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Journal of Youth and Adolescence

, Volume 48, Issue 11, pp 2179–2189 | Cite as

Does Negative Emotional Reactivity Moderate the Relation between Contextual Cohesion and Adolescent Well-Being?

  • Lindsay B. MyerbergEmail author
  • Jill A. Rabinowitz
  • Maureen D. Reynolds
  • Deborah A. G. Drabick
Empirical Research
  • 103 Downloads

Abstract

Although well-being is a chief indicator of positive mental health, much research has neglected to consider individual-specific and contextual factors that may promote this important outcome among youth. To address this gap, we examined whether neighborhood and family social cohesion are associated with well-being among youth varying in negative emotional reactivity, and whether findings were consistent with the diathesis-stress or differential susceptibility hypothesis. Participants were assessed at 3 time points: Time 1 (N = 775, M age = 10.95 ± 0.88 years; 71% male); Time 2 (n = 660, M age = 12.99 ± 0.95 years); and Time 3 (n = 633, M age = 15.50 ± 0.56 years). At Time 1, caregivers reported on family and neighborhood cohesion. Youth reported on their negative emotional reactivity at Time 2 and well-being at Time 3. Negative emotional reactivity moderated the relation between family cohesion and well-being. Among youth higher in negative emotional reactivity, lower family cohesion was associated with lower levels of well-being compared to higher family cohesion. Youth higher and lower in emotional reactivity evidenced similar levels of well-being when exposed to higher family cohesion. The findings thus support the diathesis-stress model, suggesting that less cohesive families may contribute to reduced happiness and well-being, particularly among youth with higher negative emotional reactivity.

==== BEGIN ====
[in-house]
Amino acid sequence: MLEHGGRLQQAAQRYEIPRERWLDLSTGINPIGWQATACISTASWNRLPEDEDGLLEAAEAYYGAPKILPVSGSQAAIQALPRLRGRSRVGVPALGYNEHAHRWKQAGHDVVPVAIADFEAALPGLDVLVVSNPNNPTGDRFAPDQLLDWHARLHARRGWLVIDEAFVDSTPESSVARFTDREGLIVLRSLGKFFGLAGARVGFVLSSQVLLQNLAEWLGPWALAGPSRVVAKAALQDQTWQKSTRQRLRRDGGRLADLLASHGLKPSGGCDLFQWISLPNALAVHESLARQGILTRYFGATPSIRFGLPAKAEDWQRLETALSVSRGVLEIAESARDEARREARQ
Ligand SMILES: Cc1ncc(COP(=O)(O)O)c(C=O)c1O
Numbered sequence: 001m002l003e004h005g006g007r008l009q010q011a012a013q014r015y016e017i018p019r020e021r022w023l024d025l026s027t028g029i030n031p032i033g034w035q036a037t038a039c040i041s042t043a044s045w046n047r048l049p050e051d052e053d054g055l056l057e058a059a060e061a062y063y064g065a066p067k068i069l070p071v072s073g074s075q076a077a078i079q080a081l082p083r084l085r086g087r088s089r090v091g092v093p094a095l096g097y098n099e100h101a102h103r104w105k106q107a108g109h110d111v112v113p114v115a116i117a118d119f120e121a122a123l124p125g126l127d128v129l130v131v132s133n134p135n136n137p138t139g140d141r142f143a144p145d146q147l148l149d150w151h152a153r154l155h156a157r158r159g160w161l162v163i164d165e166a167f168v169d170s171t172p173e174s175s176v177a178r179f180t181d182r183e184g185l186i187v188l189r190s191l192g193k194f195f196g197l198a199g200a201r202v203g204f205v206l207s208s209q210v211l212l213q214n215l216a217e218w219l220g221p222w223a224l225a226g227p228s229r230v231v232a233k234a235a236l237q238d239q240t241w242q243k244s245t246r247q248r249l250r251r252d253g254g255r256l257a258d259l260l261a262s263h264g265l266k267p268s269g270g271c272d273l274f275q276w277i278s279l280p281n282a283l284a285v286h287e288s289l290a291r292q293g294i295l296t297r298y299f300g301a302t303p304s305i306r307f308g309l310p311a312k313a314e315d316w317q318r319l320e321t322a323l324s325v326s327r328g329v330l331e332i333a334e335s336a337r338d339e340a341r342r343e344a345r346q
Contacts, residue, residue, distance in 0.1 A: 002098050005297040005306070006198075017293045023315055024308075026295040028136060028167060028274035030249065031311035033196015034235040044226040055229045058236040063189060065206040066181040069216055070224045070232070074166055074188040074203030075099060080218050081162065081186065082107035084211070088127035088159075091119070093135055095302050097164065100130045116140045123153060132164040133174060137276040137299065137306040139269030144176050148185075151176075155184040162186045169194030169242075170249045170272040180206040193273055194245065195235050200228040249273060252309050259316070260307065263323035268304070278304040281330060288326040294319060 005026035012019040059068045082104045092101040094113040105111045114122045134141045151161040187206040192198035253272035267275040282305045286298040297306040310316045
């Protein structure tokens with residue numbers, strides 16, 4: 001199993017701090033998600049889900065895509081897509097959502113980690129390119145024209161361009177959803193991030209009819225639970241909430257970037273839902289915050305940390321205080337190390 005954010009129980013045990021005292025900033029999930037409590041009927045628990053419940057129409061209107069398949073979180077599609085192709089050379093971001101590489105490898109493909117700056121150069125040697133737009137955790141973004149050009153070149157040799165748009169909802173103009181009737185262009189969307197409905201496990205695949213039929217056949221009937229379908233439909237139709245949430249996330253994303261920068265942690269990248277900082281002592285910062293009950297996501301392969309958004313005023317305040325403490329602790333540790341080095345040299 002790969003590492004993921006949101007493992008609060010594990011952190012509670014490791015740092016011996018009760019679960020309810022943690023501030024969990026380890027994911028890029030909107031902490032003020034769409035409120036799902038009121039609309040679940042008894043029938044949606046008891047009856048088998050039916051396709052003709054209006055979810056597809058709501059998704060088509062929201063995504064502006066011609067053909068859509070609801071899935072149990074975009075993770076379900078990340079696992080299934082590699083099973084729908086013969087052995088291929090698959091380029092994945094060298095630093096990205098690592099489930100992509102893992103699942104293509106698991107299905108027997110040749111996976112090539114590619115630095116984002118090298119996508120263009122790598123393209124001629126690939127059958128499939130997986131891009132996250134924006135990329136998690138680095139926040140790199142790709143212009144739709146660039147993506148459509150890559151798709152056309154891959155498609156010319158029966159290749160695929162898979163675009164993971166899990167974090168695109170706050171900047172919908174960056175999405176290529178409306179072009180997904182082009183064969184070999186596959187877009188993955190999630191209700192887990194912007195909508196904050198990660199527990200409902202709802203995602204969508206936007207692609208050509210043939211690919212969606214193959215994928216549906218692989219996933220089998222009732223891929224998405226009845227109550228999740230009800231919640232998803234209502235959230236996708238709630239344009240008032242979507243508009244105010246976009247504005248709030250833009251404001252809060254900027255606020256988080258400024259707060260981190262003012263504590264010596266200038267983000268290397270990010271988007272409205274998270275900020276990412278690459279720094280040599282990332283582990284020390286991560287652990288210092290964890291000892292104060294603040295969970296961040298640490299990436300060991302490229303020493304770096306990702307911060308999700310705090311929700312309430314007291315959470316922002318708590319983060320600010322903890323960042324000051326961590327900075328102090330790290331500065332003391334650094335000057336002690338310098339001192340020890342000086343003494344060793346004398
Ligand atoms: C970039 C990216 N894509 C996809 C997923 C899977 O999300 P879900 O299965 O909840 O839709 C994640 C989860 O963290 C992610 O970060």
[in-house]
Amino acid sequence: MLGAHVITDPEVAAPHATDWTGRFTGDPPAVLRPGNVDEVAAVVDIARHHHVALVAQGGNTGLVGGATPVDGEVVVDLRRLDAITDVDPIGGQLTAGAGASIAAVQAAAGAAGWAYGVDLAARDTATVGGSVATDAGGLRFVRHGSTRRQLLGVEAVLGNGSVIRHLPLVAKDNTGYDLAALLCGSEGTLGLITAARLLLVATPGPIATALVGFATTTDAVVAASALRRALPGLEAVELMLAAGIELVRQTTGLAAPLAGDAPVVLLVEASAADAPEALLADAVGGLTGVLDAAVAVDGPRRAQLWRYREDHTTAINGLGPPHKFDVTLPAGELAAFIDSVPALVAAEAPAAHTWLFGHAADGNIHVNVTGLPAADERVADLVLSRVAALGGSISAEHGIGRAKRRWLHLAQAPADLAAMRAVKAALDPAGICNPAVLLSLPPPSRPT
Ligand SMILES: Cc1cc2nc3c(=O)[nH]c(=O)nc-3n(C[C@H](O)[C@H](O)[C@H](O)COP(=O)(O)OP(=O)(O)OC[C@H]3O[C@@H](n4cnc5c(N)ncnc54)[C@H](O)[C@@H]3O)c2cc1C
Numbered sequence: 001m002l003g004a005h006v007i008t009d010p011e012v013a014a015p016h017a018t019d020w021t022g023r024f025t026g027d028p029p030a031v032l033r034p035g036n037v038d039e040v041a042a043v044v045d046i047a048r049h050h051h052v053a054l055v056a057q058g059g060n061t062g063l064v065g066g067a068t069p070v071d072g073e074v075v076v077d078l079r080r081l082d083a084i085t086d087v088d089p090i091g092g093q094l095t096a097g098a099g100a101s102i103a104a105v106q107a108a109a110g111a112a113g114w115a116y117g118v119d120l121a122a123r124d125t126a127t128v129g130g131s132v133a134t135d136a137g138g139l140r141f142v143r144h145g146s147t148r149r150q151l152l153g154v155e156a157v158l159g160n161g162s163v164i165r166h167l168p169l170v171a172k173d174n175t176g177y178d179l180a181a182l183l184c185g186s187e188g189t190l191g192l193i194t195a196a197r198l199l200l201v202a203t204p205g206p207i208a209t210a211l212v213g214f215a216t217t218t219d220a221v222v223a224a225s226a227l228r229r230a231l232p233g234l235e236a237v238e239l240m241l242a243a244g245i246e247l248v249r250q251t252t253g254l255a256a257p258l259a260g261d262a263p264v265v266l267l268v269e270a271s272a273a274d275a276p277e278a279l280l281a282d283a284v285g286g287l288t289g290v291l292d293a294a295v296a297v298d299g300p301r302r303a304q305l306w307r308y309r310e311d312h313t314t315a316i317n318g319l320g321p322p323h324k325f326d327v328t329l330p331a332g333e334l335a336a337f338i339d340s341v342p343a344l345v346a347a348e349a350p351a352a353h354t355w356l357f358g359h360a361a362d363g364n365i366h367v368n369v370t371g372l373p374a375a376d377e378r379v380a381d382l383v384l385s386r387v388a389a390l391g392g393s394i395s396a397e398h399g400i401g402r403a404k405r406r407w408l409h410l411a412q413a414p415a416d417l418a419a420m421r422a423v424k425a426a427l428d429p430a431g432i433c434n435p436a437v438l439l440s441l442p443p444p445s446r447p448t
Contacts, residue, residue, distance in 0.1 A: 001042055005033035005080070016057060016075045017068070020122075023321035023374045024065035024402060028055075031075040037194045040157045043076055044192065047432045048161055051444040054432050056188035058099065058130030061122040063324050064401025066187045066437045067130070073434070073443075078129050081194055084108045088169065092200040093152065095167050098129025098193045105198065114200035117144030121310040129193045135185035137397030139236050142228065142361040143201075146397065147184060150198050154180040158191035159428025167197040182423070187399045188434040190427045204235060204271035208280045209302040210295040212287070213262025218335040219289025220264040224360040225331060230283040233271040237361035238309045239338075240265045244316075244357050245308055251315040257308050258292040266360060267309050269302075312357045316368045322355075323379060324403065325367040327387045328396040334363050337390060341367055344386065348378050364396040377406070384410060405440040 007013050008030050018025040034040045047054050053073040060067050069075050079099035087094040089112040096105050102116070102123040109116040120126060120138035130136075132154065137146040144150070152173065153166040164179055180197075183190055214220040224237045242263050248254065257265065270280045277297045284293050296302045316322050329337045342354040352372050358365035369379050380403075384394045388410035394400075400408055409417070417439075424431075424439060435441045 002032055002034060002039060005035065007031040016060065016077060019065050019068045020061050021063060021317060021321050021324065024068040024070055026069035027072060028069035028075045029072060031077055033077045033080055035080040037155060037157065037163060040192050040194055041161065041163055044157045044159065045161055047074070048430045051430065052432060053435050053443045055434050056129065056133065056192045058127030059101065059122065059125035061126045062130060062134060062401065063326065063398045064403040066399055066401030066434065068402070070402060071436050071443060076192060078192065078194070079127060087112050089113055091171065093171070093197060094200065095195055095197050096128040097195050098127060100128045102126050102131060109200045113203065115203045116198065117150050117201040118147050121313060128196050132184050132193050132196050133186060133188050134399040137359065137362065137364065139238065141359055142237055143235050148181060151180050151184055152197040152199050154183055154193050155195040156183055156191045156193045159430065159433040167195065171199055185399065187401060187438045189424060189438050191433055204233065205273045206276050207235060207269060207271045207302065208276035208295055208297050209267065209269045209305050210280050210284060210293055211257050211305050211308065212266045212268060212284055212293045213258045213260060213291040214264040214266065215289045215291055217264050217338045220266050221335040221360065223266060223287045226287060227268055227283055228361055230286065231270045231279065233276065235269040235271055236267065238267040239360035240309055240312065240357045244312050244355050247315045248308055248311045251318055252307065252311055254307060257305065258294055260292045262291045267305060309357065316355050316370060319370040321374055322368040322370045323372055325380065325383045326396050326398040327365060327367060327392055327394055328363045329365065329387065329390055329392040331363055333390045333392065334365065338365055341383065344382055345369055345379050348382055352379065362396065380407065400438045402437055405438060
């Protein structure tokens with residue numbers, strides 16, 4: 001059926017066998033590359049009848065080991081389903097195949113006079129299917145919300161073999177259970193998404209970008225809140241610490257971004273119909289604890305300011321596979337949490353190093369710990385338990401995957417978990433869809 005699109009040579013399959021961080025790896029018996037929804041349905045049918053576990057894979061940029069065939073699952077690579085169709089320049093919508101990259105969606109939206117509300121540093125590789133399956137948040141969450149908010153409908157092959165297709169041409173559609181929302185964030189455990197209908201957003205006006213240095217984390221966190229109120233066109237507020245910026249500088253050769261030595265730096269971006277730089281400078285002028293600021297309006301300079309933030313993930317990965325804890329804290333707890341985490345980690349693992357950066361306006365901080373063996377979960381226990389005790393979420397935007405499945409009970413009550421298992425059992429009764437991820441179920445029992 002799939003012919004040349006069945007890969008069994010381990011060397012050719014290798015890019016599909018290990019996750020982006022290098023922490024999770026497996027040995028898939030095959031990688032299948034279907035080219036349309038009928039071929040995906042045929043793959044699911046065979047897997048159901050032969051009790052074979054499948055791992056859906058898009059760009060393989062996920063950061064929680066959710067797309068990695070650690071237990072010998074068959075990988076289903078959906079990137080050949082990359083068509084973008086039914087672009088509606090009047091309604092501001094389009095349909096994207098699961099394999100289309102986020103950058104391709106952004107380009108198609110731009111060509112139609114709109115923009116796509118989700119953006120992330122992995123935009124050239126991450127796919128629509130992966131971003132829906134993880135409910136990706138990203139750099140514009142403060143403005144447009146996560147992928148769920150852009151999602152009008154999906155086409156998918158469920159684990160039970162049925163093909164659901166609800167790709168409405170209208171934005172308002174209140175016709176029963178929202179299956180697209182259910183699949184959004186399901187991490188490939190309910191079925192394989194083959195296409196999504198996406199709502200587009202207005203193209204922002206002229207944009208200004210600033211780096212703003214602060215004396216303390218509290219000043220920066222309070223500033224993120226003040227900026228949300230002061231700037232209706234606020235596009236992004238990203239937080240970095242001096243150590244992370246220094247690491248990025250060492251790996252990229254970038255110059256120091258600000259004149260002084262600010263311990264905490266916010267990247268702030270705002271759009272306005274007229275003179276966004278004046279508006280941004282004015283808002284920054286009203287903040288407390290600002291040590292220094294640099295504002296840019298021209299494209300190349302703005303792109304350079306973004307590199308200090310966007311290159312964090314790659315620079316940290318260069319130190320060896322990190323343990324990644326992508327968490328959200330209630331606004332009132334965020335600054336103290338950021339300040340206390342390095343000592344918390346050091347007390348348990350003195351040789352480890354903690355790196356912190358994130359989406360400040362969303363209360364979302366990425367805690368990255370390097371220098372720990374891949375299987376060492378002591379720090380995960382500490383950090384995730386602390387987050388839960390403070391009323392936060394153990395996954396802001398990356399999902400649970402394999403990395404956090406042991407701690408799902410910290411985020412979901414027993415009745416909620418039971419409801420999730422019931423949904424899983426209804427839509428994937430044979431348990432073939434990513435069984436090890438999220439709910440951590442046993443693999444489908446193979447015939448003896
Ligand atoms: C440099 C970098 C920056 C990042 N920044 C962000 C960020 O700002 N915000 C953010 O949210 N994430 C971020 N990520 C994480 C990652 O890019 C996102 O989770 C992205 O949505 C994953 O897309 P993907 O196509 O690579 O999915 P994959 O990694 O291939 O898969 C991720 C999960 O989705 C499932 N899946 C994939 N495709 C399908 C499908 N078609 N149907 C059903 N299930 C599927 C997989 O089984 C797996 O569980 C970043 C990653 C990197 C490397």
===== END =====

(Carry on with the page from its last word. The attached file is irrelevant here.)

Keywords

Negative emotional reactivity Family cohesion Neighborhood social cohesion Diathesis-stress model Differential susceptibility Well-being 

Notes

Acknowledgements

We thank all study participants, in addition to Dr. Ralph Tarter, the Principal Investigator of the project, Center for Education and Drug Abuse Research (CEDAR), from which these data were drawn. We also thank the National Institute for Drug Abuse (NIDA) for funding for this work (2 P50 DA05605).

Authors’ Contributions

L.B.M. participated in the design and coordination of the study and drafted the manuscript; J.A.R. performed the statistical analyses, participated in interpretation of the data, and helped to draft the manuscript; M.D.R. participated in the design of the study; D.A.G.D. helped draft and revise the manuscript. All the authors read and approved the final manuscript.

Funding

This study was funded by the National Institute on Drug Abuse (Grant number 2 P50 DA05605).

Data Sharing and Declaration

The data that support the findings of this study are available from the Center for Education and Drug Abuse Research but restrictions apply to the availability of these data, which were used under license for the current study, and are not publicly available. However, data are available from the authors upon reasonable request and with permission of the Center for Education and Drug Abuse Research.

Compliance with Ethical Standards

Conflict of Interest

The authors declare that they have no conflict of interest.

Ethical Approval

All procedures performed in studies involving human participants were in accordance with the ethical standards of the University of Pittsburgh’s Institutional Review Board (Protocol IRB0107007) and with the 1964 Helsinki declaration and its later amendments or comparable ethical standards.

Informed Consent

Informed consent was obtained from all individual participants included in the study.

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© Springer Science+Business Media, LLC, part of Springer Nature 2019

Authors and Affiliations

  1. 1.Department of Psychology at Temple UniversityPhiladelphiaUSA
  2. 2.Bloomberg’s School of Public Health at Johns Hopkins UniversityBaltimoreUSA
  3. 3.University of Pittsburgh School of PharmacyPittsburghUSA

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